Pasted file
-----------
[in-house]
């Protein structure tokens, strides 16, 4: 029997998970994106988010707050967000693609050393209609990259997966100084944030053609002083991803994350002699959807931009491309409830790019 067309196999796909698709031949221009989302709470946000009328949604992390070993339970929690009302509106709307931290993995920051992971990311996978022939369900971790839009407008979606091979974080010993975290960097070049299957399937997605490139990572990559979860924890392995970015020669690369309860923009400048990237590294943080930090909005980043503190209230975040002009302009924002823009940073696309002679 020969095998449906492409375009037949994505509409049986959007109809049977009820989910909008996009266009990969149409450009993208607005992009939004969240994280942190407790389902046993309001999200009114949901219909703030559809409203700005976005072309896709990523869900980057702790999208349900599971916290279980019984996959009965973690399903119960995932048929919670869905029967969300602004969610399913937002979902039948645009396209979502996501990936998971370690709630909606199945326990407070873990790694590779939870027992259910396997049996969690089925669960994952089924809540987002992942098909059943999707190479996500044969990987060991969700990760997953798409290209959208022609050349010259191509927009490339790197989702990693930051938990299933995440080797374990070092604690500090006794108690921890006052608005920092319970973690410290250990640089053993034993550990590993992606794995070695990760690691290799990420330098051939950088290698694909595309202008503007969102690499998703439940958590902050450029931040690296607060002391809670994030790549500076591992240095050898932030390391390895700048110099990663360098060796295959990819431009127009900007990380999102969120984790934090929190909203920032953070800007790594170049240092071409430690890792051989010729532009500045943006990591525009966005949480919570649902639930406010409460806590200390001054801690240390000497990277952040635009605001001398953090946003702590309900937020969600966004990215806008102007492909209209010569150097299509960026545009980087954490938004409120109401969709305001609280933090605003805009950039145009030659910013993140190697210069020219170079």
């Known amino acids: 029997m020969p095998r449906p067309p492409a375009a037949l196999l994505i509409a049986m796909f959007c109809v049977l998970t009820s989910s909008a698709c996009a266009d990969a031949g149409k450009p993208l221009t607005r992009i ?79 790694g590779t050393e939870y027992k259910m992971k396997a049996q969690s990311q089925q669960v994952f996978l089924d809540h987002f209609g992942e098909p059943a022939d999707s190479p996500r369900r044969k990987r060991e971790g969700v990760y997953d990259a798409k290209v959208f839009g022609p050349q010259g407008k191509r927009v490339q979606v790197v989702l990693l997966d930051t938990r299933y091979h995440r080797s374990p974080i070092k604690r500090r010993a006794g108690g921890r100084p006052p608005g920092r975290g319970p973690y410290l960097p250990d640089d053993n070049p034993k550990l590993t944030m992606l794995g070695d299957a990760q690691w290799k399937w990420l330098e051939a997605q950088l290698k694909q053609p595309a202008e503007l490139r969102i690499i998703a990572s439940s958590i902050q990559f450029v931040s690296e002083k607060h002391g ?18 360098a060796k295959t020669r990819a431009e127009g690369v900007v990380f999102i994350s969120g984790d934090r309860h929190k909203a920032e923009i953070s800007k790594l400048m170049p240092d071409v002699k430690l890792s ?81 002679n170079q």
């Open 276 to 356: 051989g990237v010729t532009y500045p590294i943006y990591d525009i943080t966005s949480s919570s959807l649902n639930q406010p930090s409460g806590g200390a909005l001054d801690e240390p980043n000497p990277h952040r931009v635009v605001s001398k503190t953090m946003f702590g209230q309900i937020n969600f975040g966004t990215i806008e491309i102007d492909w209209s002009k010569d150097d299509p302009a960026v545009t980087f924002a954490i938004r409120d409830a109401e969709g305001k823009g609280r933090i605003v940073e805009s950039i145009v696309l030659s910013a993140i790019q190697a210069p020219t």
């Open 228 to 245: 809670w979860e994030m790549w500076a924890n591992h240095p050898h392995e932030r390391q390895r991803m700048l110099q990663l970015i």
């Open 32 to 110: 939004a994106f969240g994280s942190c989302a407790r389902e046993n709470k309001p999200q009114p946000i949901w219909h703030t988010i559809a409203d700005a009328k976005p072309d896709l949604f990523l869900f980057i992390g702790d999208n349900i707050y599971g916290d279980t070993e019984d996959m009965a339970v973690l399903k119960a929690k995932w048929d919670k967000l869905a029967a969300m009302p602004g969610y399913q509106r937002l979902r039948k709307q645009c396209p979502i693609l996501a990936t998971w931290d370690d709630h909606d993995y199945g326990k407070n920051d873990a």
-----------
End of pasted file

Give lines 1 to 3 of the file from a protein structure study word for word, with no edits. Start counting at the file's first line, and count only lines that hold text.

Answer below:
[in-house]
């Protein structure tokens, strides 16, 4: 029997998970994106988010707050967000693609050393209609990259997966100084944030053609002083991803994350002699959807931009491309409830790019 067309196999796909698709031949221009989302709470946000009328949604992390070993339970929690009302509106709307931290993995920051992971990311996978022939369900971790839009407008979606091979974080010993975290960097070049299957399937997605490139990572990559979860924890392995970015020669690369309860923009400048990237590294943080930090909005980043503190209230975040002009302009924002823009940073696309002679 020969095998449906492409375009037949994505509409049986959007109809049977009820989910909008996009266009990969149409450009993208607005992009939004969240994280942190407790389902046993309001999200009114949901219909703030559809409203700005976005072309896709990523869900980057702790999208349900599971916290279980019984996959009965973690399903119960995932048929919670869905029967969300602004969610399913937002979902039948645009396209979502996501990936998971370690709630909606199945326990407070873990790694590779939870027992259910396997049996969690089925669960994952089924809540987002992942098909059943999707190479996500044969990987060991969700990760997953798409290209959208022609050349010259191509927009490339790197989702990693930051938990299933995440080797374990070092604690500090006794108690921890006052608005920092319970973690410290250990640089053993034993550990590993992606794995070695990760690691290799990420330098051939950088290698694909595309202008503007969102690499998703439940958590902050450029931040690296607060002391809670994030790549500076591992240095050898932030390391390895700048110099990663360098060796295959990819431009127009900007990380999102969120984790934090929190909203920032953070800007790594170049240092071409430690890792051989010729532009500045943006990591525009966005949480919570649902639930406010409460806590200390001054801690240390000497990277952040635009605001001398953090946003702590309900937020969600966004990215806008102007492909209209010569150097299509960026545009980087954490938004409120109401969709305001609280933090605003805009950039145009030659910013993140190697210069020219170079």
């Known amino acids: 029997m020969p095998r449906p067309p492409a375009a037949l196999l994505i509409a049986m796909f959007c109809v049977l998970t009820s989910s909008a698709c996009a266009d990969a031949g149409k450009p993208l221009t607005r992009i ?79 790694g590779t050393e939870y027992k259910m992971k396997a049996q969690s990311q089925q669960v994952f996978l089924d809540h987002f209609g992942e098909p059943a022939d999707s190479p996500r369900r044969k990987r060991e971790g969700v990760y997953d990259a798409k290209v959208f839009g022609p050349q010259g407008k191509r927009v490339q979606v790197v989702l990693l997966d930051t938990r299933y091979h995440r080797s374990p974080i070092k604690r500090r010993a006794g108690g921890r100084p006052p608005g920092r975290g319970p973690y410290l960097p250990d640089d053993n070049p034993k550990l590993t944030m992606l794995g070695d299957a990760q690691w290799k399937w990420l330098e051939a997605q950088l290698k694909q053609p595309a202008e503007l490139r969102i690499i998703a990572s439940s958590i902050q990559f450029v931040s690296e002083k607060h002391g ?18 360098a060796k295959t020669r990819a431009e127009g690369v900007v990380f999102i994350s969120g984790d934090r309860h929190k909203a920032e923009i953070s800007k790594l400048m170049p240092d071409v002699k430690l890792s ?81 002679n170079q």